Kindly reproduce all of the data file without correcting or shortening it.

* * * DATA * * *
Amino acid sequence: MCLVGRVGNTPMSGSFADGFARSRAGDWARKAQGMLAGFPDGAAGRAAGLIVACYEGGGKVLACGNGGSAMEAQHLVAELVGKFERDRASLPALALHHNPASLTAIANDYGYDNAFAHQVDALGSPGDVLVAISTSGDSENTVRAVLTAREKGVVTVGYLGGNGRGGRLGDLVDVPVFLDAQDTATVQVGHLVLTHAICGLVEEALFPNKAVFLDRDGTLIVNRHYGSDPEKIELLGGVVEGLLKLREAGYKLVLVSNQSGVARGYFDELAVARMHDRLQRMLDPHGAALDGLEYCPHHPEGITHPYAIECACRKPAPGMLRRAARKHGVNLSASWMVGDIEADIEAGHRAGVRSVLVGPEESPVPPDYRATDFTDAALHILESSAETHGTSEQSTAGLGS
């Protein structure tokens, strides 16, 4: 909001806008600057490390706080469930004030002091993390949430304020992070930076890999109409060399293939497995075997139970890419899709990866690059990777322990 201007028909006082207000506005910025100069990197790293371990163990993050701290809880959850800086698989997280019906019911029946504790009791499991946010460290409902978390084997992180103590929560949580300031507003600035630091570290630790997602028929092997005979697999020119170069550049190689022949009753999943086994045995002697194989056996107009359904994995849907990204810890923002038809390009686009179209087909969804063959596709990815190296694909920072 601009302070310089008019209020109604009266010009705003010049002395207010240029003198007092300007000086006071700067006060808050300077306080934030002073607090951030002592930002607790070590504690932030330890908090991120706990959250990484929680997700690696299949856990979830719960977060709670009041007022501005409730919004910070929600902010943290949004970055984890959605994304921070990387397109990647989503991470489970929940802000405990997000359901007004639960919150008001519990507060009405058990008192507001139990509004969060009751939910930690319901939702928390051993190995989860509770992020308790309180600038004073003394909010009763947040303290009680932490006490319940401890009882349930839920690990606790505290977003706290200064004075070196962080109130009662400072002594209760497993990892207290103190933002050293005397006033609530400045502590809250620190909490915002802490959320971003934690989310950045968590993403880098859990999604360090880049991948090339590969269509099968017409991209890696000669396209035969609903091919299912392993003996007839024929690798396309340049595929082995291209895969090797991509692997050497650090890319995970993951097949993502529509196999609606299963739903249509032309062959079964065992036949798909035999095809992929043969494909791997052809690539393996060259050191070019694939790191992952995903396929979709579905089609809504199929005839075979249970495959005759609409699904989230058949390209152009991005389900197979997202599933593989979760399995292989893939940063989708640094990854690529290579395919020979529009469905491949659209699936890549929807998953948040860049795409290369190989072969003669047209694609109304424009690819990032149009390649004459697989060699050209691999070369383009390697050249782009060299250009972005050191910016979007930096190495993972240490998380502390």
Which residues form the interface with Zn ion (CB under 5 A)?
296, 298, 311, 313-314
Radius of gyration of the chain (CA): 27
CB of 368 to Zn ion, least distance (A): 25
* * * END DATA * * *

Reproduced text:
Amino acid sequence: MCLVGRVGNTPMSGSFADGFARSRAGDWARKAQGMLAGFPDGAAGRAAGLIVACYEGGGKVLACGNGGSAMEAQHLVAELVGKFERDRASLPALALHHNPASLTAIANDYGYDNAFAHQVDALGSPGDVLVAISTSGDSENTVRAVLTAREKGVVTVGYLGGNGRGGRLGDLVDVPVFLDAQDTATVQVGHLVLTHAICGLVEEALFPNKAVFLDRDGTLIVNRHYGSDPEKIELLGGVVEGLLKLREAGYKLVLVSNQSGVARGYFDELAVARMHDRLQRMLDPHGAALDGLEYCPHHPEGITHPYAIECACRKPAPGMLRRAARKHGVNLSASWMVGDIEADIEAGHRAGVRSVLVGPEESPVPPDYRATDFTDAALHILESSAETHGTSEQSTAGLGS
């Protein structure tokens, strides 16, 4: 909001806008600057490390706080469930004030002091993390949430304020992070930076890999109409060399293939497995075997139970890419899709990866690059990777322990 201007028909006082207000506005910025100069990197790293371990163990993050701290809880959850800086698989997280019906019911029946504790009791499991946010460290409902978390084997992180103590929560949580300031507003600035630091570290630790997602028929092997005979697999020119170069550049190689022949009753999943086994045995002697194989056996107009359904994995849907990204810890923002038809390009686009179209087909969804063959596709990815190296694909920072 601009302070310089008019209020109604009266010009705003010049002395207010240029003198007092300007000086006071700067006060808050300077306080934030002073607090951030002592930002607790070590504690932030330890908090991120706990959250990484929680997700690696299949856990979830719960977060709670009041007022501005409730919004910070929600902010943290949004970055984890959605994304921070990387397109990647989503991470489970929940802000405990997000359901007004639960919150008001519990507060009405058990008192507001139990509004969060009751939910930690319901939702928390051993190995989860509770992020308790309180600038004073003394909010009763947040303290009680932490006490319940401890009882349930839920690990606790505290977003706290200064004075070196962080109130009662400072002594209760497993990892207290103190933002050293005397006033609530400045502590809250620190909490915002802490959320971003934690989310950045968590993403880098859990999604360090880049991948090339590969269509099968017409991209890696000669396209035969609903091919299912392993003996007839024929690798396309340049595929082995291209895969090797991509692997050497650090890319995970993951097949993502529509196999609606299963739903249509032309062959079964065992036949798909035999095809992929043969494909791997052809690539393996060259050191070019694939790191992952995903396929979709579905089609809504199929005839075979249970495959005759609409699904989230058949390209152009991005389900197979997202599933593989979760399995292989893939940063989708640094990854690529290579395919020979529009469905491949659209699936890549929807998953948040860049795409290369190989072969003669047209694609109304424009690819990032149009390649004459697989060699050209691999070369383009390697050249782009060299250009972005050191910016979007930096190495993972240490998380502390």
Which residues form the interface with Zn ion (CB under 5 A)?
296, 298, 311, 313-314
Radius of gyration of the chain (CA): 27
CB of 368 to Zn ion, least distance (A): 25